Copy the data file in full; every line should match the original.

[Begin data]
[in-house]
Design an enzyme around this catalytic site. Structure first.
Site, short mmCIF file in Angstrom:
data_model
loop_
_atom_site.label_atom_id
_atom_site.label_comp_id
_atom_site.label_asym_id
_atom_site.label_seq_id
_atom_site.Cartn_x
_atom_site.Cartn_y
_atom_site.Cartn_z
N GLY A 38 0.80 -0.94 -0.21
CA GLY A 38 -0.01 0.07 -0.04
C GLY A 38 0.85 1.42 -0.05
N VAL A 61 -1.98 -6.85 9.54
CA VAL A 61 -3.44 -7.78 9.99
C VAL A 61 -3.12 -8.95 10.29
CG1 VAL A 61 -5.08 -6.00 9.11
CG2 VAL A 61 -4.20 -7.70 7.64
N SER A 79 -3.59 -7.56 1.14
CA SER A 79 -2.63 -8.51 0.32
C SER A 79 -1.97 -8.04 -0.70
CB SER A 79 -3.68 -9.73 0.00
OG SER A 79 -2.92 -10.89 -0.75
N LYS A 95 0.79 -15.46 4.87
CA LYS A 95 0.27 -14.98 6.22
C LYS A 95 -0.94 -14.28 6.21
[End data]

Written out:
[in-house]
Design an enzyme around this catalytic site. Structure first.
Site, short mmCIF file in Angstrom:
data_model
loop_
_atom_site.label_atom_id
_atom_site.label_comp_id
_atom_site.label_asym_id
_atom_site.label_seq_id
_atom_site.Cartn_x
_atom_site.Cartn_y
_atom_site.Cartn_z
N GLY A 38 0.80 -0.94 -0.21
CA GLY A 38 -0.01 0.07 -0.04
C GLY A 38 0.85 1.42 -0.05
N VAL A 61 -1.98 -6.85 9.54
CA VAL A 61 -3.44 -7.78 9.99
C VAL A 61 -3.12 -8.95 10.29
CG1 VAL A 61 -5.08 -6.00 9.11
CG2 VAL A 61 -4.20 -7.70 7.64
N SER A 79 -3.59 -7.56 1.14
CA SER A 79 -2.63 -8.51 0.32
C SER A 79 -1.97 -8.04 -0.70
CB SER A 79 -3.68 -9.73 0.00
OG SER A 79 -2.92 -10.89 -0.75
N LYS A 95 0.79 -15.46 4.87
CA LYS A 95 0.27 -14.98 6.22
C LYS A 95 -0.94 -14.28 6.21